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Sex and salvation

Sex and salvation


Best-selling author E. Lynn Harris takes on boy bands, antigay politics, and African-American megachurches in his new novel

In the midst of his own success story, E. Lynn Harris was exhausted. The author of a series of juicy best-selling novels that chronicle the lives of gay and bisexual black men, Harris had really opened a vein when he wrote his 2003 memoir, What Becomes of the Brokenhearted. To recharge, he headed back to college--namely, his alma mater, the University of Arkansas--and taught creative writing and fiction.

"I absolutely loved it," says Harris, 50. "I always wanted to be a teacher, but it was considered a sissy job." Now teaching was a refuge. "I was coming to the end of a long-term relationship, and I didn't want to revert back to old patterns," he admits. "Going back to Arkansas to teach school was a safe place for me. I was supposed to teach for a semester and ended up teaching for seven."

Then inspiration returned. "I got the idea for this book when I was attending a small church in Arkansas," he says. "I was working on another novel, and this idea came so forcefully I had to stop the book I was working on and write I Say a Little Prayer. It was a small church, and it was a church where I felt safe. "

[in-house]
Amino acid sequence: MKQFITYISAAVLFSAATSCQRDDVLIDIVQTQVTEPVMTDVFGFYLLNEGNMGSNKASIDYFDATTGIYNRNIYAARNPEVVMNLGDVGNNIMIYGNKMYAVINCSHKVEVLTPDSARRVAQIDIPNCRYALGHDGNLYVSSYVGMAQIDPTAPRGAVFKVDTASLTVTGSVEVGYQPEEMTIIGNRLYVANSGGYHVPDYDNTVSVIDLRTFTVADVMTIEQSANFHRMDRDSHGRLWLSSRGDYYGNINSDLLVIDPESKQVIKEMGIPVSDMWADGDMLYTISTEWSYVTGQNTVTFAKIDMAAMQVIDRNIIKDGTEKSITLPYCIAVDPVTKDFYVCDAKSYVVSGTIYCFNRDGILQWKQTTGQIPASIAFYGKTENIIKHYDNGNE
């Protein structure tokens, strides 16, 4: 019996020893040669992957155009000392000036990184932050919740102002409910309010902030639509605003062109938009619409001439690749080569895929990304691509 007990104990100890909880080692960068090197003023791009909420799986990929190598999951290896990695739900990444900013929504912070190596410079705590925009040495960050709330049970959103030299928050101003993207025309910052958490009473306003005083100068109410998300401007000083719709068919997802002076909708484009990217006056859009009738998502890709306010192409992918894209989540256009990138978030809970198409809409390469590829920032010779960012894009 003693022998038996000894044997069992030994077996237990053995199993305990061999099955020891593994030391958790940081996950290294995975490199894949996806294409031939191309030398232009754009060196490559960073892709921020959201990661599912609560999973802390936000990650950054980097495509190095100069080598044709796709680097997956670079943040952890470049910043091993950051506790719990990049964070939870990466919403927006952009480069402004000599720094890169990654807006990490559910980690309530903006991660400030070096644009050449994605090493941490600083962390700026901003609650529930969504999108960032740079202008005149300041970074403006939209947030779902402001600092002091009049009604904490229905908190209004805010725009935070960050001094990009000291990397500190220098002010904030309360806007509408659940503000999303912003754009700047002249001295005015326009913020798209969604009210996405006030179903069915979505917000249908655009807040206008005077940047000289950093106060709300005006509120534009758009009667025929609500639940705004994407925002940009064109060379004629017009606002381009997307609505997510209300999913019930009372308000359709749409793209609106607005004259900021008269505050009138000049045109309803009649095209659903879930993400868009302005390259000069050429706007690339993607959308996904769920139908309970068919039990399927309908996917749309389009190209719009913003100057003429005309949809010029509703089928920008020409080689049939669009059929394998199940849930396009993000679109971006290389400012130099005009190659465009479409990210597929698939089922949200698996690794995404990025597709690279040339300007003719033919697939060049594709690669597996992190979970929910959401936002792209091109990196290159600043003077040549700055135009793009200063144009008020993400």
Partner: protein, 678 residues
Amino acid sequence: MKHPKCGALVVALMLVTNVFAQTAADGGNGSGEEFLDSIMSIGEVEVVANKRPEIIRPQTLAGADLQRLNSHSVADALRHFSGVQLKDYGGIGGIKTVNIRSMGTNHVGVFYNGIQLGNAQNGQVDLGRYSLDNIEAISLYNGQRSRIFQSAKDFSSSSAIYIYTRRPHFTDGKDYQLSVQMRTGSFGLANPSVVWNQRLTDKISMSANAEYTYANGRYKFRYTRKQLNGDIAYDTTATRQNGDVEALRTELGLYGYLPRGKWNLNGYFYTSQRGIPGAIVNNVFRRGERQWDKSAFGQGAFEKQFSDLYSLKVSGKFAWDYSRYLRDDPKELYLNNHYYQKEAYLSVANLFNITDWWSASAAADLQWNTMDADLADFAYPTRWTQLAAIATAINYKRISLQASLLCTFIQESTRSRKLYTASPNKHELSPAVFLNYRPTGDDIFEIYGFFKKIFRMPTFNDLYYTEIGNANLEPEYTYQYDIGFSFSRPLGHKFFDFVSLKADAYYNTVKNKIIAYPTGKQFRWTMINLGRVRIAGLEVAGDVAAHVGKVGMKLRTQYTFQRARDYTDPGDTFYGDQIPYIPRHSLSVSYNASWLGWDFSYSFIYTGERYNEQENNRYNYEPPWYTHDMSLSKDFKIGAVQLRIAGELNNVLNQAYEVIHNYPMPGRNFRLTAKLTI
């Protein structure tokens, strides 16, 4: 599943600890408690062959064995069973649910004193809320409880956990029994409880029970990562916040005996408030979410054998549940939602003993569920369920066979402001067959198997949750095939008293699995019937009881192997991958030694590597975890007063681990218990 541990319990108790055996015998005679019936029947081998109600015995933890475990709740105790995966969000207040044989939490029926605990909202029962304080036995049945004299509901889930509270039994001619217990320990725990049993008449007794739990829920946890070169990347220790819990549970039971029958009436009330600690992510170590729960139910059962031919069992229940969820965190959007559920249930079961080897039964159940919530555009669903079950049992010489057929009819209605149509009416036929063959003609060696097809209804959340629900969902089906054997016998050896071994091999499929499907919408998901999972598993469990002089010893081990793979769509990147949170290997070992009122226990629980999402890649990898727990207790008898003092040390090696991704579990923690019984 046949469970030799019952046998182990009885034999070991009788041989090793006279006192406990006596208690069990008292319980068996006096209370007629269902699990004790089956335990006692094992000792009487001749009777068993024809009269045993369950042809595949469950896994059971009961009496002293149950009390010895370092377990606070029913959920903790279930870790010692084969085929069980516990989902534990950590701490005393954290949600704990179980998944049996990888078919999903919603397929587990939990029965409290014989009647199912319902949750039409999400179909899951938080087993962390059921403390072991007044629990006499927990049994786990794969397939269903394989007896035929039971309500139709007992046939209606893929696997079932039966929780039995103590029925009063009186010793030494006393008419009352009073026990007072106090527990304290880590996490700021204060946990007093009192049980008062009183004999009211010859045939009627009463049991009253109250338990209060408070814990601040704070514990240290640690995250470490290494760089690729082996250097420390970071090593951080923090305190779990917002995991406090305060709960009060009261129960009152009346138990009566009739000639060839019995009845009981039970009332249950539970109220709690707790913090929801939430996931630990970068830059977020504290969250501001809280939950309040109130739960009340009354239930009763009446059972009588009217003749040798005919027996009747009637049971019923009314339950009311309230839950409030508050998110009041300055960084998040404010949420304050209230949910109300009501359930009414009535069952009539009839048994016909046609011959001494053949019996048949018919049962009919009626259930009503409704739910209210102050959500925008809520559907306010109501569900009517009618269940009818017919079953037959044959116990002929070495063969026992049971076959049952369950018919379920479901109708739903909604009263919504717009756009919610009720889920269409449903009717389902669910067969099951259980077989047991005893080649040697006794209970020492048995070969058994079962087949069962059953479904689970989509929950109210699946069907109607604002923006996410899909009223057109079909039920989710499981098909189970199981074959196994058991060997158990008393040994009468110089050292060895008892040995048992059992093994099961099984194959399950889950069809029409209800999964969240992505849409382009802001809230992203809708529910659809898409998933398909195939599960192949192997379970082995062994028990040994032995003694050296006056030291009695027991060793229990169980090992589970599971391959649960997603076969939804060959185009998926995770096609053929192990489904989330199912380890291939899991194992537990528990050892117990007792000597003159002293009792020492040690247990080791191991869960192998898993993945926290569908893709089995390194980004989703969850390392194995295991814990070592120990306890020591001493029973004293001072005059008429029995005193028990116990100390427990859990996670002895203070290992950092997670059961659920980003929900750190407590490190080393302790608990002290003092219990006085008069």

But would it stay that way? In Prayer, Harris's hero is Chauncey Greer, a onetime boy band member who owns the Cute Boy Card Company--a sexy line of greeting cards--and attends a wonderful small church he fears is ready to grow into a "megachurch." His fears are realized when he learns that a homophobic U.S. Senate candidate and preacher is coming to speak at a rally organized by his church--the rally where Greer was planning to sing in public for the first time in years. Since this is a Harris novel, it's no surprise that the preacher turns out to be Greer's fellow boy band member and first love.

Harris himself is no fan of megachurches. "The ministers down here have private jets and a New York apartment," says the author, who also has a place in Houston near the megachurch run by Joel Osteen. And while he's intrigued to hear about European boy bands with out members, he doesn't see that happening here anytime soon.

"In the African-American culture, that ain't happening," says Harris. "There've always been rumors of people, but they would never come out. We just lost Luther [Vandross], and Luther could never, ever admit what his sexuality was. I felt sorry for him that he never had the chance to be happy. Think of all the great songs he wrote that he could never sing himself. They don't want to think about it, and they don't want to talk about it."

But Harris will keep talking. He has been working on two books to be published in 2007: a collection of novellas by new authors, with one by Harris as bait; and his first "straight" novel, The Great Pretenders, about pro athletes and their mothers.

Meanwhile, the latest twist in his love life sounds like something from an E. Lynn Harris novel. "I've met someone recently that I'm very hopeful about. It's interesting because he is definitely in the closet, and I don't see him coming out too soon," says Harris, who says his new love is "an athlete" but won't get more specific. "That's interesting that I would meet somebody like that."

And he could date someone long-term who was in the closet? "I really, really, really, really like him," says Harris. "We've been managing."

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